‘We didn’t start the fire’

Workers at the landfill have spent all week protesting as salary negotiations have stalled between the Industrial, General and Sanitation Workers Union (IGSW) and the Solid Waste Management Company Limited (SWMCOL).

Workers told Newsday they were in the lunch room after their protest when they noticed the fire at about 1.30 pm. They said fires at the dump were a usual occurrence but the cause of yesterday’s blaze — according to the workers — was a bush fire on the eastern side of the landfill.

“Bush fires are a usual thing in the dry season and when the fires mix with gases at the dump it can spread. So workers really had nothing to do with this,” said a worker.

SWMCOL in a bulletin said the landfill was temporarily closed and the San Juan/Laventille Regional Corporation’s Disaster Management Unit, the Fire Services, WASA and the National Operations Centre (NOC) were alerted to help extinguish the fire.

While this was taking place police officers converged along the Beetham Highway to direct the free flow of traffic as thick smoke from the fire began affecting visibility for motorists. In the air the NOC helicopter transporting Executive Director Garvin Heerah, hovered above viewing the fire from the air, sending feedback to the relevant agencies as a coordinated approach continued in an effort to extinguish the blaze. Officers of the Environmental management Authority (EMA) and the ODPM carried out air quality tests. Following his aerial tour of the fire, Heerah Newsday, “we have conducted an aerial surveillance of the fire at the Beetham Landfill from the air, the fire appears to be subterranean (lit from underground), the smoke is very heavy and the smog is being blown west, southwest, if the intensity of this fire continues, there is a probability that it can affect the city of Port of Spain. The ODPM and the EMA have been alerted and they are putting contingencies in place so as to determine the air quality and that there is no air pollution. The Engineering Corps of the Defence Force is on standby in the event that we need them to do some bulldozing work, the NOC is now on full alert”.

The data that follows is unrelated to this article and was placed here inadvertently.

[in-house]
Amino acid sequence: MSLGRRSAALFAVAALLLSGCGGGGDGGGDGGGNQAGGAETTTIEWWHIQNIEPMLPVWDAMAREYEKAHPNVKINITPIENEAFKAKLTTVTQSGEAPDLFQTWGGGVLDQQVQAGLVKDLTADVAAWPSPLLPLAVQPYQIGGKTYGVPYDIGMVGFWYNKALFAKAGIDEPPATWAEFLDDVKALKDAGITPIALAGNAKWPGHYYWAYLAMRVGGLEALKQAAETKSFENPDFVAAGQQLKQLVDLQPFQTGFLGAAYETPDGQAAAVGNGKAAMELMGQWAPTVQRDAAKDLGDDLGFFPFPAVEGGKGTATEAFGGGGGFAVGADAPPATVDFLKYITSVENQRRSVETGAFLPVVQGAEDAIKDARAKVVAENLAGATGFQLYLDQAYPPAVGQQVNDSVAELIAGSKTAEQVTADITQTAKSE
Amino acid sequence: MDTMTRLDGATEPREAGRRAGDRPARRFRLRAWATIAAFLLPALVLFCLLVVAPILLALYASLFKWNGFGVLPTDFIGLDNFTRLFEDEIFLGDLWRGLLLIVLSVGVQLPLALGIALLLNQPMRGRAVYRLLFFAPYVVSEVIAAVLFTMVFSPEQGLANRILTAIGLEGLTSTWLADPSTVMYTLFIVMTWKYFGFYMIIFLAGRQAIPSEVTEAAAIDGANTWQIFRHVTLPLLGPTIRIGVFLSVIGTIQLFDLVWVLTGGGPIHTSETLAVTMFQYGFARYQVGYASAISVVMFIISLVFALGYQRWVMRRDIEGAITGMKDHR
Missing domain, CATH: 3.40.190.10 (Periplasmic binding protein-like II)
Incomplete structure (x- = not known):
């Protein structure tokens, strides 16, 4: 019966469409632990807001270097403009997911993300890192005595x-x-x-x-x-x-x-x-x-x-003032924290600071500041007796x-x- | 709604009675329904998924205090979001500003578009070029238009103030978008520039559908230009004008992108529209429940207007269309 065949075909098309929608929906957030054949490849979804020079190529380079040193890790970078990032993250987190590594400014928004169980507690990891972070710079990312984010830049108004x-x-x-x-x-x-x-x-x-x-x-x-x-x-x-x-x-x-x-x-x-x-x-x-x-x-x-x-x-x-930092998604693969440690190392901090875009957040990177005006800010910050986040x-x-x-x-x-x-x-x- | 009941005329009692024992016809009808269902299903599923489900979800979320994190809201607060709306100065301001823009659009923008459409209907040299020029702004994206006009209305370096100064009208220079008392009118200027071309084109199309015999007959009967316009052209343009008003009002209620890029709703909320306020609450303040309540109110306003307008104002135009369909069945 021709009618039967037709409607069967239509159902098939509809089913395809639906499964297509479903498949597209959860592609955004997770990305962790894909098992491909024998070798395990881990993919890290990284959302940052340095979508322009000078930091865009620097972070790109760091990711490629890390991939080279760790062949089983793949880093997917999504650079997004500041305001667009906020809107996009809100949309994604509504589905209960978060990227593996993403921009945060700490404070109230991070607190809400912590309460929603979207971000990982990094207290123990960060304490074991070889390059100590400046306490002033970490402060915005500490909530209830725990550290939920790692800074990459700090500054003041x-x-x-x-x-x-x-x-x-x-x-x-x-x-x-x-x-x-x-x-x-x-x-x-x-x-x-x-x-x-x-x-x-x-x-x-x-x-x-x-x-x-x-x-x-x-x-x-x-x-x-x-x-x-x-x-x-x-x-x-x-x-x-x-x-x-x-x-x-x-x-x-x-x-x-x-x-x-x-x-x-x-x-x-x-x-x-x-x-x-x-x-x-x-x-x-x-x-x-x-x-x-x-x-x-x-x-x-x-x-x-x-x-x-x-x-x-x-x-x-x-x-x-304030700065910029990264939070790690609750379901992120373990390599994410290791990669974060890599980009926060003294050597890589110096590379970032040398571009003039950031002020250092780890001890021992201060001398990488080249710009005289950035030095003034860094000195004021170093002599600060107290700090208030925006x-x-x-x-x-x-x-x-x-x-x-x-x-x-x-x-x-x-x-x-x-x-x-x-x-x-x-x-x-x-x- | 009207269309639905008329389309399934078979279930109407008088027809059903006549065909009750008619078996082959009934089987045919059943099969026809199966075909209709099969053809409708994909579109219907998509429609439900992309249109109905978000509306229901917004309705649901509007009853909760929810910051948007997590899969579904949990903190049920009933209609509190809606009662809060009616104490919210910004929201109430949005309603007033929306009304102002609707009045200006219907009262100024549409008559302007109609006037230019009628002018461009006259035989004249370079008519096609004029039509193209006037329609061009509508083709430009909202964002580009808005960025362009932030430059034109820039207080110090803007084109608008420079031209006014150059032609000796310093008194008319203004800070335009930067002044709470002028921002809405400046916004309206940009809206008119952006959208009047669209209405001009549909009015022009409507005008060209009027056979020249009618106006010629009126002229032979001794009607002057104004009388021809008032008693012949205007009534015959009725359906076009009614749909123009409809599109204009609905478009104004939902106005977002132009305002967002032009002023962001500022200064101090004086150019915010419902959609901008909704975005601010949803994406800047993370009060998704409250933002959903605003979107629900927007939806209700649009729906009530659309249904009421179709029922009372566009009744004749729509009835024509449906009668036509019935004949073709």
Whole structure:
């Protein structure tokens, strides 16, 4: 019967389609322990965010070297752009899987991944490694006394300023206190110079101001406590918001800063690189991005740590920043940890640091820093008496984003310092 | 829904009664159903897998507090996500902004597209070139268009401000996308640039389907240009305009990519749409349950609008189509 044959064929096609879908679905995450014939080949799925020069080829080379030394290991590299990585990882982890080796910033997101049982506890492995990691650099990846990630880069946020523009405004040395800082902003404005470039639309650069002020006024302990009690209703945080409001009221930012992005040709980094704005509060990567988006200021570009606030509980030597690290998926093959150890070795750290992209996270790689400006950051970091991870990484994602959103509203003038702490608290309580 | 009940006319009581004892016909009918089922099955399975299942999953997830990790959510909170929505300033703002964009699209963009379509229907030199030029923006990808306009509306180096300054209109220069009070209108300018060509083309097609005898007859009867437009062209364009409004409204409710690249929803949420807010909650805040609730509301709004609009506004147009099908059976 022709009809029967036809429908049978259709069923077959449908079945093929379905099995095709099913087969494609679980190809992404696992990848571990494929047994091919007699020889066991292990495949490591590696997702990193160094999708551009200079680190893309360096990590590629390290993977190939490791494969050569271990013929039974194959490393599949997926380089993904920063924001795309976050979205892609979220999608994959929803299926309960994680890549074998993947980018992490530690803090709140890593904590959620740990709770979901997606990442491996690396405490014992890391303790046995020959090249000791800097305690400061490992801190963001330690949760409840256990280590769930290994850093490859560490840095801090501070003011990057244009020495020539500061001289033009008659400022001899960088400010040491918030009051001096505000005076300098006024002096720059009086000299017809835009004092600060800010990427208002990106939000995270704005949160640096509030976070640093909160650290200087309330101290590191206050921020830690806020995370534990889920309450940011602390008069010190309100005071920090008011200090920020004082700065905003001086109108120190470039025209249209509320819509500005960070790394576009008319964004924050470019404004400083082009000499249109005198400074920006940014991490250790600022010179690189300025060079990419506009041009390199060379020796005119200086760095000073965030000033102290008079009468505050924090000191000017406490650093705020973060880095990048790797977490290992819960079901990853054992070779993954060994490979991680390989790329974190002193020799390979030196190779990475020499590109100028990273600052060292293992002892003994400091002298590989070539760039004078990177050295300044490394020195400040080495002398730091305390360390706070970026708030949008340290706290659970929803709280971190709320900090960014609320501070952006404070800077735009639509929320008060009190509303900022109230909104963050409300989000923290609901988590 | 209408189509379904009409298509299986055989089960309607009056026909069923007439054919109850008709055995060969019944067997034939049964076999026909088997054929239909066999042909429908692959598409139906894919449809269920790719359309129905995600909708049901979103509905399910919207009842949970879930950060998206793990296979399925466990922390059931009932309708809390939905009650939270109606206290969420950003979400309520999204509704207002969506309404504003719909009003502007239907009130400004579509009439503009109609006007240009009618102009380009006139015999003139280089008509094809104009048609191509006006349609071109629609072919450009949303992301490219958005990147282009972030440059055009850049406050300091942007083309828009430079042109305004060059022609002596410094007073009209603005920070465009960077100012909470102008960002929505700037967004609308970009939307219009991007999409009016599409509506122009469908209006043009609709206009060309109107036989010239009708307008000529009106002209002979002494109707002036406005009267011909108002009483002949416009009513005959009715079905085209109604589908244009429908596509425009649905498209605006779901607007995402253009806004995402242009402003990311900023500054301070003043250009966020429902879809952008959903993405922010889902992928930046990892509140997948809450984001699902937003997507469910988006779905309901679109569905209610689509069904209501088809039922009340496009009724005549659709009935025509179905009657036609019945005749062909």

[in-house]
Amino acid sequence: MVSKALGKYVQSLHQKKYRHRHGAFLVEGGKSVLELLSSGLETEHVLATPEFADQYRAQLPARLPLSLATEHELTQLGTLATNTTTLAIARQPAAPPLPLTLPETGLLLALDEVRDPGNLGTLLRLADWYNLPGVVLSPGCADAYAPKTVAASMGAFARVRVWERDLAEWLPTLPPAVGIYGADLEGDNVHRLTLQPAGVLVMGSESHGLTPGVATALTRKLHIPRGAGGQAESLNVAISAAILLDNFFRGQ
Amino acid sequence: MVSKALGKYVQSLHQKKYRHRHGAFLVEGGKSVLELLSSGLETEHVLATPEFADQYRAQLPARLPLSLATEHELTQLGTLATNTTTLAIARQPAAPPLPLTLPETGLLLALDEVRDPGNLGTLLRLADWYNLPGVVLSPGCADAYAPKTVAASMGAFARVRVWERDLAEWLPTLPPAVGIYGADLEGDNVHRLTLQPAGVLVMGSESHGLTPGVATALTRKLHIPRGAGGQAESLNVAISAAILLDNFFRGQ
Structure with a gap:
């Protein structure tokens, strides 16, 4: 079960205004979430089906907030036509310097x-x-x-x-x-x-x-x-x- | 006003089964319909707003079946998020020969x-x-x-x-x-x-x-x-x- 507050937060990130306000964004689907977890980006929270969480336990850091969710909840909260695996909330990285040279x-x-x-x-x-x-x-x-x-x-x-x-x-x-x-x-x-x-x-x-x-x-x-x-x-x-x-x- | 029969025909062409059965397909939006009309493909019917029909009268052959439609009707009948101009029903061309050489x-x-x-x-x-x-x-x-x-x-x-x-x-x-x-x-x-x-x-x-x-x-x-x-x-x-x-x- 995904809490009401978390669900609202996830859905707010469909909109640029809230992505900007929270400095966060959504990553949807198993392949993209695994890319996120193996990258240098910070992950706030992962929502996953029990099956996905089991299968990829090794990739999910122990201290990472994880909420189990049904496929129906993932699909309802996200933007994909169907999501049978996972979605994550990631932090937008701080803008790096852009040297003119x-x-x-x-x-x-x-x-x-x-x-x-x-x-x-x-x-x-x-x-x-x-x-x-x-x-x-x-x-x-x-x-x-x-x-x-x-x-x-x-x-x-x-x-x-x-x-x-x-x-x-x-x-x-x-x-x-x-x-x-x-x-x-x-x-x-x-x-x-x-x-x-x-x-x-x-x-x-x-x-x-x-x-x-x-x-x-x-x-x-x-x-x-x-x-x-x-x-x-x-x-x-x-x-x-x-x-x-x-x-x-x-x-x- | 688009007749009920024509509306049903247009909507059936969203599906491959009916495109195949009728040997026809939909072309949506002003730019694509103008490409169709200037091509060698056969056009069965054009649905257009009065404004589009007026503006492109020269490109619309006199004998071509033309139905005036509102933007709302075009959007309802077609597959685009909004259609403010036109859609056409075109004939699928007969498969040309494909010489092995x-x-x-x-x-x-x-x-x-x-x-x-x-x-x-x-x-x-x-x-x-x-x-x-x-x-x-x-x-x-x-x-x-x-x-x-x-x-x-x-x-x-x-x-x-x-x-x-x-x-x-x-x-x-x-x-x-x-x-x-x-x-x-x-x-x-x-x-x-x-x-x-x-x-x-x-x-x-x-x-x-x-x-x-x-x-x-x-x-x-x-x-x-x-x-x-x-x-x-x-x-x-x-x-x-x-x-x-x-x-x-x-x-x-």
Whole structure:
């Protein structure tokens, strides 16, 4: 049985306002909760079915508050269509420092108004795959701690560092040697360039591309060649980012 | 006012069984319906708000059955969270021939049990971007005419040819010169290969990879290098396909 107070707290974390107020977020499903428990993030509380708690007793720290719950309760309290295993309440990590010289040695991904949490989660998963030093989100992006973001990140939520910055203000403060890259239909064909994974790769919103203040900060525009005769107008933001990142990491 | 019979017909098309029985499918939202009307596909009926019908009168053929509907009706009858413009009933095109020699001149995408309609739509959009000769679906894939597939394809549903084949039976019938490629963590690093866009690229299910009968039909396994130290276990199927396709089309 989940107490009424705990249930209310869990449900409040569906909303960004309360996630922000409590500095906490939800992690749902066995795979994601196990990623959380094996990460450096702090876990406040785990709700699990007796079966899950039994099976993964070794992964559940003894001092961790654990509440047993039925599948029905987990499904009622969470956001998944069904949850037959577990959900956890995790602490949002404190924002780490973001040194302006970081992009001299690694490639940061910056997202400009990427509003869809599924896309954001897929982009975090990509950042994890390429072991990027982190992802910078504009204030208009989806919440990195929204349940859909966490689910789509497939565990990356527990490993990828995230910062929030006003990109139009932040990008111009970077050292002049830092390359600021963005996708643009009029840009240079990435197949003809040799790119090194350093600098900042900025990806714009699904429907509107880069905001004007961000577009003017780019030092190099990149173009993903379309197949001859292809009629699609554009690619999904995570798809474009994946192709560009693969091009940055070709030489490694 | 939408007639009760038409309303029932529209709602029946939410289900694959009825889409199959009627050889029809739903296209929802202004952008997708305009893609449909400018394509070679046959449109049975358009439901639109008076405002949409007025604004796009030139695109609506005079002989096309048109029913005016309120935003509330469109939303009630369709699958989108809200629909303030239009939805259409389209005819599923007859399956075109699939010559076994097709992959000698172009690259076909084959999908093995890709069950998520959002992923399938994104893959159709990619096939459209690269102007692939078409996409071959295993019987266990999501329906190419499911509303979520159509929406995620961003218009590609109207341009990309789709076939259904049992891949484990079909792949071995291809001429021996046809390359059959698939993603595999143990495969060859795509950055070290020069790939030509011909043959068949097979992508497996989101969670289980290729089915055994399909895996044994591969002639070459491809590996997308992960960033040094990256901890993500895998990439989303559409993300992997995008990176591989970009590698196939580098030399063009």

Mervyn Richardson of the NOC said they saw images of the fire in the Beetham Landfill site on their cameras, and they immediately swung into action.

“From what I know there are fire officers, soldiers and others on the ground, smoke can be seen on cameras”. When asked by Newsday if he thought it was an act of sabotage, Richardson said. ““I cannot rule out sabotage, but cannot say that it is sabotage”.

Several SWMCOL employees who had earlier on engaged in protest action insisted that the fire was not set by them but added that they felt that they were being set up for something they did not do.

The EMA was alerted to the fire at 2 pm and a preliminary reports indicates the fire was seen over the south-western portion of the landfill.

Approximately 25 percent of the landfill is engulfed.

The EMA has mobilised monitoring teams to monitor air quality in Laventille, Sea Lots and the Beetham. Surveillance of the area suggests that the smoke, coupled with the fluctuating wind direction is impacting Sea Lots and Beetham areas up to press time. EMA chairman Dr Allan Bachan, in a release, advised the public that, “We will continue to coordinate with the relevant state agencies and monitor the situation. We will continue to conduct regular air quality tests and would advise the public on further updates as necessary”.

In January 2014, a similar fire occurred at the Beetham Landfill site prompting the closure of the site. During that fire, thick clouds of smoke covered Port-of-Spain as maliciously set fires at the landfill, continued to burn.

Tests revealed that in some parts of the nation’s capital, the toxicity level of the air was 13 times that which was considered safe.

The thick smog led to the early closure of at least 16 schools while several businesses also closed early as smoke was too much for proprietors, employees and shoppers to bear.


"‘We didn’t start the fire’"

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